Since the touring production of Les Misérables currently at the Kravis Center’s Dreyfoos Hall was created to celebrate the musical’s 25th anniversary, that means it has been on the road for eight years by now. But you would never know it from the razor-sharp, tight and extremely well-sung performance that opened the weeklog run Tuesday evening.
True, the physical production is simplified from the original epic show, and the brilliant, cinematic, turntable staging of Trevor Nunn and John Caird is sorely missed. But it is still Les Miz, the best of the British mega-musicals of the 1980s, a textbook example of how to adapt a sprawling classic novel, and it is welcome in almost any form.
Among this version’s selling points are sets and images inspired by the paintings by Victor Hugo who, of course, wrote the source material in 1862. While he probably should not quit his day job, as most of the backdrops are murky and muddy, a scene of animated projections moving through the sewers of Paris works superbly. More of that visual technique would have helped the show’s flow.
The new co-directors Laurence Connor and James Powell have several other inspired ideas that keep the production of interest to longtime fans of Les Miz, but its primary appeal is probably to those who have never seen the show previously.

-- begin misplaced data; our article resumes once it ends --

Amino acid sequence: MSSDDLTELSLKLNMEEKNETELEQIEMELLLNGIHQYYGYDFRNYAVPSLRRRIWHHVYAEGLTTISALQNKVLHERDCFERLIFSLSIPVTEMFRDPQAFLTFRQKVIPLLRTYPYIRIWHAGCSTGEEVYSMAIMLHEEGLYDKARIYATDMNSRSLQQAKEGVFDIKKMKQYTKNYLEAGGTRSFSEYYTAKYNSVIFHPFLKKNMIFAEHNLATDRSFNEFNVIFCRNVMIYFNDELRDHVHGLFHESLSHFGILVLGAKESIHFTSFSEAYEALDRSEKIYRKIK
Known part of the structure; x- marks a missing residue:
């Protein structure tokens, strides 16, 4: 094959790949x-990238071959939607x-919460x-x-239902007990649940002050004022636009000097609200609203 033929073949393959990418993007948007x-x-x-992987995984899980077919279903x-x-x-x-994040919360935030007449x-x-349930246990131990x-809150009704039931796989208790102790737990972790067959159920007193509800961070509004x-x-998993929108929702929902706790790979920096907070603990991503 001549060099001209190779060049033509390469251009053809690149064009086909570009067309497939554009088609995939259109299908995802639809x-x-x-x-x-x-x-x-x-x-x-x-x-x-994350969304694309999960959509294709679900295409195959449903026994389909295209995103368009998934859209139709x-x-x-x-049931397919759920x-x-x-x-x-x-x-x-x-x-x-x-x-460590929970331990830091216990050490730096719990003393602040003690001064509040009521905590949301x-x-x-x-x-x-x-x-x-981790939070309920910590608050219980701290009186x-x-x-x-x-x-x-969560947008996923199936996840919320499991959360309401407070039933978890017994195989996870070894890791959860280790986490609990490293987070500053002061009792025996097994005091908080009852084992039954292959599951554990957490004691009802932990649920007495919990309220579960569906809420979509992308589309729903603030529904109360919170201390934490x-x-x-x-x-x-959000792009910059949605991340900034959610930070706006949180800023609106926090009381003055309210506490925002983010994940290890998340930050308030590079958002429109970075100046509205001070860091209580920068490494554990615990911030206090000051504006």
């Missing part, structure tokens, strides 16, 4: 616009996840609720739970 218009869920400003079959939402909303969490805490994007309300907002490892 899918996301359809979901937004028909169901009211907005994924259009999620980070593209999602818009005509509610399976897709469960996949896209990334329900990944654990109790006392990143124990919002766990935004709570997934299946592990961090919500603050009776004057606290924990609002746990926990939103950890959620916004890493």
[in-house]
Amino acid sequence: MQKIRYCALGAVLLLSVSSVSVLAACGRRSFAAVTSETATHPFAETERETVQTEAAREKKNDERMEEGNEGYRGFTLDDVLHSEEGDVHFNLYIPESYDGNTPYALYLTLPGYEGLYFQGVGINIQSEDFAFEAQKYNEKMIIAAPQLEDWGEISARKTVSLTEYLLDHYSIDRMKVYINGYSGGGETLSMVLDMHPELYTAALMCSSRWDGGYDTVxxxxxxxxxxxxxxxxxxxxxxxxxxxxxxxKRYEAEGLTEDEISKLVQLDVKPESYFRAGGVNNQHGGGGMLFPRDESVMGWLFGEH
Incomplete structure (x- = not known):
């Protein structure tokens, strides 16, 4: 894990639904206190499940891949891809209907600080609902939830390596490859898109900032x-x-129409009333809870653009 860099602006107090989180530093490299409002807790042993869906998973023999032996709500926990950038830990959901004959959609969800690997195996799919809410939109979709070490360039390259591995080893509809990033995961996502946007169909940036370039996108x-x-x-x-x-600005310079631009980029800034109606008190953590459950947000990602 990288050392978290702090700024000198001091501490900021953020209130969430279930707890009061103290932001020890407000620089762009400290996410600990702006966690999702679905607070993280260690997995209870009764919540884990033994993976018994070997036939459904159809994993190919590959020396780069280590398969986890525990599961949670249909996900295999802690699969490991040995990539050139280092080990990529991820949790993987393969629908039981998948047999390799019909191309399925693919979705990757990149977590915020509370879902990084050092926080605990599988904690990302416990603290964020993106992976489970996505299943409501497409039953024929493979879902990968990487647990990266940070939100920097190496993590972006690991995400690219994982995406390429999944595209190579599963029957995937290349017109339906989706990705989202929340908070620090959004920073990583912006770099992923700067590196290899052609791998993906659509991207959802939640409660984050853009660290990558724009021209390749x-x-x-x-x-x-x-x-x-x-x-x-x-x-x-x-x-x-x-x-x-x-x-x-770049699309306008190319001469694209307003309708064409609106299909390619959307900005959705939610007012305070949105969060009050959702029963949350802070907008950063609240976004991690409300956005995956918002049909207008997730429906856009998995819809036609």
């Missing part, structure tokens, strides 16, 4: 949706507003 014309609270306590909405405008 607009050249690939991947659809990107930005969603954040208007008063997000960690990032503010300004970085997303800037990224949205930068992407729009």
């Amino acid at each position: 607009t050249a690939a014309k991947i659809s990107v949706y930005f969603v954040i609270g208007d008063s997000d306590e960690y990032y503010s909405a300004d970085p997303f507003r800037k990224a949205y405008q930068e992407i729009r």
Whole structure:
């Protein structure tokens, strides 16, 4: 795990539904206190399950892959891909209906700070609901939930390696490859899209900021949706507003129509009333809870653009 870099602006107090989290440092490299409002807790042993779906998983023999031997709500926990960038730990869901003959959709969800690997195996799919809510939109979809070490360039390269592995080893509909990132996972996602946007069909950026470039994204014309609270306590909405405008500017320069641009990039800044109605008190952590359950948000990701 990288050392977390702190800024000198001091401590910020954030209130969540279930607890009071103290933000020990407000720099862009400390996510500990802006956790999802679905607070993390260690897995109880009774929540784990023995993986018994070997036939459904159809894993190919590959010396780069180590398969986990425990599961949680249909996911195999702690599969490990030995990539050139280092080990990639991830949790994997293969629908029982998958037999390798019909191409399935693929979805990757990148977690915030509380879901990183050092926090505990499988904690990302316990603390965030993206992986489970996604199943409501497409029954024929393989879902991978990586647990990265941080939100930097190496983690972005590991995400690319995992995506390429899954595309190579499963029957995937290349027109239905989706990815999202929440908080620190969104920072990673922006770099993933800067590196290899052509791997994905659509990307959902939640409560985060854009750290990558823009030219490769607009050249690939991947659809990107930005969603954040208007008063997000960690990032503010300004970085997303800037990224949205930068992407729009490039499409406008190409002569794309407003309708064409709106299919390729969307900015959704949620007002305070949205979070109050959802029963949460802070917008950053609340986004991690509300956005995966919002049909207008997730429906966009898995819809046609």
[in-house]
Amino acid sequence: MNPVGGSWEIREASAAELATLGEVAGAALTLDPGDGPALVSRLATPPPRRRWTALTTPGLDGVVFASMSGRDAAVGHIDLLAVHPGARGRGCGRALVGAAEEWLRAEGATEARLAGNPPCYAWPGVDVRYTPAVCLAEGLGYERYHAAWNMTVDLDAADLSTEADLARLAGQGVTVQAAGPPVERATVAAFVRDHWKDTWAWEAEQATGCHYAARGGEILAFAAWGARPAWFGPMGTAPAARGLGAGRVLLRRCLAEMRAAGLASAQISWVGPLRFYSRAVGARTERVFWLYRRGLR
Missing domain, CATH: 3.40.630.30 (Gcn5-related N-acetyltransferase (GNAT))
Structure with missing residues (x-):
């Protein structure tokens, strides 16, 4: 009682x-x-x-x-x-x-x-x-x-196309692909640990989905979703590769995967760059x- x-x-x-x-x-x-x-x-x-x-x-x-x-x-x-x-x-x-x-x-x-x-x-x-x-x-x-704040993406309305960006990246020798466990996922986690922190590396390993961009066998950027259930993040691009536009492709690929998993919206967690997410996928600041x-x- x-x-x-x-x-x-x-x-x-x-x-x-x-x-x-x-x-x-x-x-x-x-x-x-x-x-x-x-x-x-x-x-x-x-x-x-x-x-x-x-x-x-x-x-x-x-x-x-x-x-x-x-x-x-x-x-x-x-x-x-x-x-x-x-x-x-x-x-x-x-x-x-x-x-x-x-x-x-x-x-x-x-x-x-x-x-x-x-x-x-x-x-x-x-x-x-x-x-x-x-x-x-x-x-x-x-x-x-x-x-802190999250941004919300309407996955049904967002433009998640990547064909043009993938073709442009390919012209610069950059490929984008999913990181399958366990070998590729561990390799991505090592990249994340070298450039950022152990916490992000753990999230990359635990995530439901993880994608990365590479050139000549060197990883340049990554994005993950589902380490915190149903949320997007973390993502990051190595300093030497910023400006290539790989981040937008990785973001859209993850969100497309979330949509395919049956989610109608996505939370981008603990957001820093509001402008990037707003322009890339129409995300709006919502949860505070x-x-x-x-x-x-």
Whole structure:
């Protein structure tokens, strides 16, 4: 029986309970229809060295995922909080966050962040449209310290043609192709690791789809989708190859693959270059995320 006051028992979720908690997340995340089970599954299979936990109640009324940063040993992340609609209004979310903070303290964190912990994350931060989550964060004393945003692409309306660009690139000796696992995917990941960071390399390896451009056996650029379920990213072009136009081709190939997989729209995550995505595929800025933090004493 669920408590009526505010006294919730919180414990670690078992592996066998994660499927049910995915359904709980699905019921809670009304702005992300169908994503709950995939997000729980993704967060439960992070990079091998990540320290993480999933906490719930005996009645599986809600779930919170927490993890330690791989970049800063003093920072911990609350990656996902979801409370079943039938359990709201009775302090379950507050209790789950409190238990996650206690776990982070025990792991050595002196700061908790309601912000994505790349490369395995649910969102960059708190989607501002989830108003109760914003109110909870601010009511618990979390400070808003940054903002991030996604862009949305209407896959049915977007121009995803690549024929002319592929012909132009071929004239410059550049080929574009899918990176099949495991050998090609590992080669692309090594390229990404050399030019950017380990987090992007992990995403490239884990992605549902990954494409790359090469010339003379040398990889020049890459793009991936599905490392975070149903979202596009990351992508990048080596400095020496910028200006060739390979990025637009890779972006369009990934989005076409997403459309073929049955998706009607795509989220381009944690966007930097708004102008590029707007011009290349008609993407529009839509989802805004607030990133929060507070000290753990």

For their sake, at least those who were never assigned to read it in literature class, it is the story of Jean Valjean, a petty-thief-turned-prosperous-mayor, and the romance of his adopted daughter Cosette to reluctant revolutionary Marius, set against the bloody student rebellions of 1832. And against this historical backdrop, Valjean is doggedly pursued by police inspector Javert.
Hey, it’s social struggle, the quest for redemption and a lot of power ballads. What more could you want?
The cast is led very capably by Nick Cartell (Valjean), who possesses the vocal chops to master this grueling role’s demands. Chief among them is the upper register solo “Bring Him Home,” which Cartell handles with celestial sweetness. In contrast, but very much his vocal equal, is Josh Davis (Javert), whose deep bass is commanding on “Stars” and his 11 o’clock “Soliloquy.”
Other standouts in the cast include Mary Kate Moore as Cosette’s mother Fantine, who sings her killer gymnastic aria, “I Dreamed a Dream,” then promptly dies, only to return for an encore two hours later. Paige Smallwood has a nice stage presence as Cosette’s sidekick Eponine, who pines for Marius as we hear in the pop solo, “On My Own.” I’ve never cared for the comic relief of the sleazy Thernardiers, but J. Anthony Crane and Allison Guinn manage to curtail some of the characters’ usual excesses.
The symphonic score by Claude-Michel Schönberg remains stirring, leading to the thought that one day Les Misérables may be performed by opera companies. Until then, if the show at the Kravis is a reliable indicator, it is in the capable hands of its original producer, Cameron Mackintosh.
LES MISÉRABLES, Kravis Center Dreyfoos Hall, 701 Okeechobee Blvd., West Palm Beach. Through Sunday. $41-$109. Call 561-832-7469 or visit www.kravis.org.